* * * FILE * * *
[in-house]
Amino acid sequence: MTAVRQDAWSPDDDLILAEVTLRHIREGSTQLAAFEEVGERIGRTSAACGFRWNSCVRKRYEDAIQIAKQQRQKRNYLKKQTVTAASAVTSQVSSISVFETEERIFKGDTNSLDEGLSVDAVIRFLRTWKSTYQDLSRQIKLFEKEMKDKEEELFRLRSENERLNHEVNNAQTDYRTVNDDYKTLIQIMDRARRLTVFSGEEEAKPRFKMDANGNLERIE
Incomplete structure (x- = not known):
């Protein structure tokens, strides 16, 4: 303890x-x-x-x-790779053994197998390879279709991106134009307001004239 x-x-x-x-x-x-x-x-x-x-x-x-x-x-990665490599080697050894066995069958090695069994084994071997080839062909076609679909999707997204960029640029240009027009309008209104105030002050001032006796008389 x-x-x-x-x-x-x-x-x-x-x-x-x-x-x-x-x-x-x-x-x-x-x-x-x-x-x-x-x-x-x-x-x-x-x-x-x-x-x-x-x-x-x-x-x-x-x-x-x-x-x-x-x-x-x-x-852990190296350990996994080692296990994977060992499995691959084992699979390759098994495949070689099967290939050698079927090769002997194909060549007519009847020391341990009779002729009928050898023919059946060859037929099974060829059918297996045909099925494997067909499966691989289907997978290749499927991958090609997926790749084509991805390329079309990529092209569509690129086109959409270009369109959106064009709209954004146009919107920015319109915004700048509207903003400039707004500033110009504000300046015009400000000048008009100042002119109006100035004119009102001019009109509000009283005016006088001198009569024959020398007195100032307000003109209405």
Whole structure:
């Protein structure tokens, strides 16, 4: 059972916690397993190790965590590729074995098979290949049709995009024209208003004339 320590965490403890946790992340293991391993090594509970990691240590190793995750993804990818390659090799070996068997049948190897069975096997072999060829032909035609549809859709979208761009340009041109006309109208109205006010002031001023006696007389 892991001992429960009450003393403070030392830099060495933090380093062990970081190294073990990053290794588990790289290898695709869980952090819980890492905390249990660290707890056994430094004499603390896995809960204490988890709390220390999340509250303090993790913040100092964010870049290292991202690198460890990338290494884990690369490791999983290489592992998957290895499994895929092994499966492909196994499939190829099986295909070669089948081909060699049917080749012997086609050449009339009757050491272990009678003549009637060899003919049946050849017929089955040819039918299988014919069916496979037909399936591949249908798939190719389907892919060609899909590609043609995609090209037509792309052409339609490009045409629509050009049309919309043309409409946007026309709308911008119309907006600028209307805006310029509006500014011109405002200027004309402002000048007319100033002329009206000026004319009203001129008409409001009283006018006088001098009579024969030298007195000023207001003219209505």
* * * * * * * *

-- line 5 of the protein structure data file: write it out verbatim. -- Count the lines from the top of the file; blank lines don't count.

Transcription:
Whole structure: